Net beneficiary of stronger commodity prices
Malaysia is a net exporter of crude oil, rubber and palm oil. Higher commodity prices should be positive for Malaysian companies, government revenue accretion (about 30%-40% of revenue was derived from the oil sector in the forms of taxes, royalties and so on) and the man on the street — especially in rural agricultural 
areas.

Commodities-related companies (e.g. crude palm oil producers, oil and gas fabricators or service providers) account for approximately 21% of the market. This is not a small number. More importantly, unlike Indonesian palm oil producers who are subject to a progressive export tax structure as prices go higher, Malaysian producers are not impacted. This means that Malaysian plantation companies are in a better position to benefit from higher palm oil prices.

After Thailand (PTT group concentrated) and Indonesia (coal and palm oil dominated), Malaysia’s commodity offering is about 21% of the market. This is a reasonable percentage in an Asean context. The 21% is made up of a variety of commodities, including oil palm, timber, oil and gas and, more recently, petrochemicals. As such, the Malaysian market offers a good hedge against rising inflation concerns in Asia.

‘Restructuring’ the stock market — growing up
The Malaysian market has gradually evolved for the better over the last five years. And the collective positive changes are increasingly being felt by the market. These collective changes have been crucial in slowly “enticing” foreign investors back into the market, we believe. The following “steps” have contributed significantly to these changes, in our view.

i) The extensive government-linked companies (GLC) restructuring under former prime minister Tun Abdullah Ahmad Badawi’s administration, with Khazanah Nasional Bhd driving positive changes (structure, board make up, value-add, returns, accountability, management and so on) across its key holdings.
ii) The rapid regional expansion of Malaysian companies, big and small. They include CIMB Group Holdings Bhd, Malayan Banking Bhd (Maybank), AirAsia Bhd, Berjaya Group, YTL Group, OSK Holdings Bhd and IOI Corp Bhd. In turn, Malaysia is now home to an increasing number of Asean champions.

iii) The liberalisation of equity shareholding “quotas” pre and post IPO in June 2009. This was crucial in regaining the confidence of non-government-related corporate and individual shareholders.

iv) The abolishment of the Foreign Investment Committee to expedite transactions made by foreigners in almost all sectors (e.g. property, construction). The big cap (re)listing of Maxis in November 2009 and Petronas Chemicals in November 2010.

We noticed three key trends from our Malaysia Strategy marketing trips to Hong Kong, Singapore, the US and Europe in 4Q 2010. First, foreign institutional investors were largely underweight Malaysia (and overwhelmingly overweight Indonesia). Second, many fund managers with Asian mandates have not looked at Malaysia for a while, with most hedge funds requiring a “refresher”.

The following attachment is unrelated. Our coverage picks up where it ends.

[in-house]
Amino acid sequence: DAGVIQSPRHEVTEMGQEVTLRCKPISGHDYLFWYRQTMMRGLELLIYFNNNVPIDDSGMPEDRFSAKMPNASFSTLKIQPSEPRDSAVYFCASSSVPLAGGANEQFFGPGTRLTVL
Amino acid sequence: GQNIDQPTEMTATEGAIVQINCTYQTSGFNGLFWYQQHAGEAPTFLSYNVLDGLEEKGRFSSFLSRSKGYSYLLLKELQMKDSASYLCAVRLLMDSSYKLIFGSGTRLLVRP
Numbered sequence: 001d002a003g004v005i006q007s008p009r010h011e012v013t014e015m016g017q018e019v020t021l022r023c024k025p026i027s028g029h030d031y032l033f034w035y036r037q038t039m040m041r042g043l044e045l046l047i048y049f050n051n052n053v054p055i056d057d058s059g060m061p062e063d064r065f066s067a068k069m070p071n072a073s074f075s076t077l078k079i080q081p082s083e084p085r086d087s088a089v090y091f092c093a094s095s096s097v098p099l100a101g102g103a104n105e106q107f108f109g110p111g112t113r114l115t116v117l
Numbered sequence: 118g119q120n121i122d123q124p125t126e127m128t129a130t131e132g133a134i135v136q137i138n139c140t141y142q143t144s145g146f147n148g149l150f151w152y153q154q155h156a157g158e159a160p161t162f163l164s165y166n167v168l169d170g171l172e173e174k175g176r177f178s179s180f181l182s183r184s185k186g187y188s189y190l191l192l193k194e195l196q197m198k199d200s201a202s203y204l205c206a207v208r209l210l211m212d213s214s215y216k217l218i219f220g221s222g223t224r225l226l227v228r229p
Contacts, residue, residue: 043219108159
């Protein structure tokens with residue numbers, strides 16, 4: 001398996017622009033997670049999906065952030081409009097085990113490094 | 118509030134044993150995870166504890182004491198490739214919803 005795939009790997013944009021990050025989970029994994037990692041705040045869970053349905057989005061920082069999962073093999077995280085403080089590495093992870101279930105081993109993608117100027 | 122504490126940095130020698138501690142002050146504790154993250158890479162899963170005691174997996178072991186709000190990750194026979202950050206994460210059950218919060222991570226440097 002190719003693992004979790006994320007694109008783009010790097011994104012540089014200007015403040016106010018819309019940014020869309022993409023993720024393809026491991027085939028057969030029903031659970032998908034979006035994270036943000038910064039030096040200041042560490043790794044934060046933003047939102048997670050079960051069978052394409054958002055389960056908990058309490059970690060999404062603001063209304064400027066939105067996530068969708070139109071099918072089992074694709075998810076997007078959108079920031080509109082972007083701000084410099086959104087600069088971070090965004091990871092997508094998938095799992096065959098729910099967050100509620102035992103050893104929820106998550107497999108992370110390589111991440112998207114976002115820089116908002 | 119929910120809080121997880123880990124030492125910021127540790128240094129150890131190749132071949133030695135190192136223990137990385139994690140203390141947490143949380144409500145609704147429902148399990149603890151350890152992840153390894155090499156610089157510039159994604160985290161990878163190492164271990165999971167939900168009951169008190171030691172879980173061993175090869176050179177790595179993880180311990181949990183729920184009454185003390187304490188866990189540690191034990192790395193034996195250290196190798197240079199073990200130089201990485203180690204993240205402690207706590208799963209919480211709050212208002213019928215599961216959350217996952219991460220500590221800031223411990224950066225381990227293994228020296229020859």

Third, most were being forced to look at Petronas Chemicals because of size (the largest IPO in Asean at US$4.1 billion) and its uniqueness given its cheap feedstock. As a result, many were “forced” to review Malaysia as an investable market. In addition, the offering came at a time when the petrochemical cycle was recovering and interest in emerging markets had picked up significantly.

The recent IPOs have helped diversify sector offering across the top 10 stocks by market cap. Once heavily dominated by the banks, Tenaga Nasional Bhd and Telekom Malaysia Bhd, the top 10 stocks today now offer a better mix of sectors such as plantation, banks, petrochemical, power, gaming and telco stocks. This is particularly important as Malaysiacompetes for equity inflows against other Asean markets.

The recent listing of MMHE has also filled a crucial gap in the market. There was simply not enough scale in the fabrication sector to offer investors exposure to the fast-growing oil and gas services industry in Malaysia. Similarly, there is now a handful of mid-cap real estate investment trusts (REITs) after the listings of Sunway REIT and CapitaMalls Malaysia REIT last year. The press has carried articles on the potential listing of Magnum Corp Bhd, a numbers forecast operator once listed.

Attempts to increase the free float in Malaysia have begun. In October 2010, Khazanah placed out 2% of CIMB, and 6% of Malaysia Airports Holdings Bhd. More recently, the Employees Provident Fund (EPF) reduced its stake in RHB Capital Bhd from 54% to 48%. The government is committed to reducing its stakes over times, but patience is required.

Collectively, these measures are not going to shift Malaysia’s weighting in MSCI’s benchmark indices materially but they do at least help the Malaysian market to keep pace with the rest of Asean instead of lagging behind (as it has done over the last five years).

Increasingly a less defensive market
This is an important point to focus on. Often, Malaysia is viewed as a safe haven, low beta and/or defensive market. In short, dull. This view is increasingly redundant from several perspectives, in our opinion.

The EPF, which manages RM425.5 billion (US$140 billion) as of 3Q10, will soon be investing a greater proportion of its assets under management offshore. In Budget 2011, Najib announced the EPF would now be allowed to invest as much as 20% overseas. This compares with just 7% presently. This change has two key implications. First, “trapped” liquidity in Malaysia should ease as EPF’s share of total trades in the market (directly and indirectly) is as high as 40%, we estimate. Second, with greater non-Malaysia mandates managed out of Malaysia, driven by EPF’s change in policy and recent liberalisation measures in the asset management industry, the domestic fund management sector in Malaysia should be more vibrant.